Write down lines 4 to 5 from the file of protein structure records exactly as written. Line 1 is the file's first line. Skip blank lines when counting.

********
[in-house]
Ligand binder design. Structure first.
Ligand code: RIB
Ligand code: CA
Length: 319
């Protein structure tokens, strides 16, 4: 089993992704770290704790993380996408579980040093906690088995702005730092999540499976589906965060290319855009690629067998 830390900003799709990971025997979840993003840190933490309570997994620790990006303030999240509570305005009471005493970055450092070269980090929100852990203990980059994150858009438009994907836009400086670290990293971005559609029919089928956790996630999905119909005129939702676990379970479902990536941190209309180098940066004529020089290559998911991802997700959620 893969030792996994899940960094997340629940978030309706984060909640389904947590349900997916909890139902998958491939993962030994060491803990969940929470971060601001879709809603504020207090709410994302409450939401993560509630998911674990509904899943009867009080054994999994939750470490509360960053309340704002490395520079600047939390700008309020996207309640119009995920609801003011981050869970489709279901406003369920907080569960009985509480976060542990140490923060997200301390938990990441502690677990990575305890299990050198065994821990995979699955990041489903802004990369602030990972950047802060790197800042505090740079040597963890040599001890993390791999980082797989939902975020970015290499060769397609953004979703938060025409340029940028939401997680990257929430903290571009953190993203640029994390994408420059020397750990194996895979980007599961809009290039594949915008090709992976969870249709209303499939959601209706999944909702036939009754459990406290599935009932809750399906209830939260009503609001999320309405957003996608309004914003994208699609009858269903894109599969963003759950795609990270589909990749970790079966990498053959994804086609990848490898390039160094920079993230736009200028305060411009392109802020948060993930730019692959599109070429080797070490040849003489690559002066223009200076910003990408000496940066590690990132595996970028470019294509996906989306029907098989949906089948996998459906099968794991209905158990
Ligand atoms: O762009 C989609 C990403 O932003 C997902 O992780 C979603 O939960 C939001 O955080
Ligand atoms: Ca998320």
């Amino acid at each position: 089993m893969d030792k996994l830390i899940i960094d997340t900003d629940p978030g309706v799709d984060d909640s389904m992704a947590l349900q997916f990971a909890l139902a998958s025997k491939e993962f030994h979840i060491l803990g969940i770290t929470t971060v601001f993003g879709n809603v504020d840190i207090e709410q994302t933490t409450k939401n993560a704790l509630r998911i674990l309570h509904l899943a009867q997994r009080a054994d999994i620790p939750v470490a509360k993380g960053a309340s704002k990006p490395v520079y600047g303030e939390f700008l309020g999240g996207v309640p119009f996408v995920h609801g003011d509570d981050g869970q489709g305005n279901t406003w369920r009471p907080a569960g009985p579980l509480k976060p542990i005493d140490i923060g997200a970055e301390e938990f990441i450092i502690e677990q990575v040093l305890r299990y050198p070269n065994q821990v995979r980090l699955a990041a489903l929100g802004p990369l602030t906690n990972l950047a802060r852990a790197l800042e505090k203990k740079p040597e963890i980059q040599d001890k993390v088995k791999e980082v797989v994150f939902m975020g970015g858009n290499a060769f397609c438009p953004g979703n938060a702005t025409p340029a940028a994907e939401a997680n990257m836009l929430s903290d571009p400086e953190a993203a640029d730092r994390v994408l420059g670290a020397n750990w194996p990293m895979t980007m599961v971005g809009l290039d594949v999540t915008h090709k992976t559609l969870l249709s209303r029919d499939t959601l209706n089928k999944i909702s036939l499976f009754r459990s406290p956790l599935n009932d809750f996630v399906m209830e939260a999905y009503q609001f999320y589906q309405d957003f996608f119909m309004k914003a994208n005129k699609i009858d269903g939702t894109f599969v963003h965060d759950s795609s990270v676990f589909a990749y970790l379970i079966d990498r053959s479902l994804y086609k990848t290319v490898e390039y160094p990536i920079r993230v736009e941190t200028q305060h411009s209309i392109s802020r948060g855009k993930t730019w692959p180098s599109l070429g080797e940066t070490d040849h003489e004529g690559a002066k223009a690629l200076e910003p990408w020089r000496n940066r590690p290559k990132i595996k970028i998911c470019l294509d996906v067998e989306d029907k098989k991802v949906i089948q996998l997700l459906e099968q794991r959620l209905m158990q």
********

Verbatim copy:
Ligand code: CA
Length: 319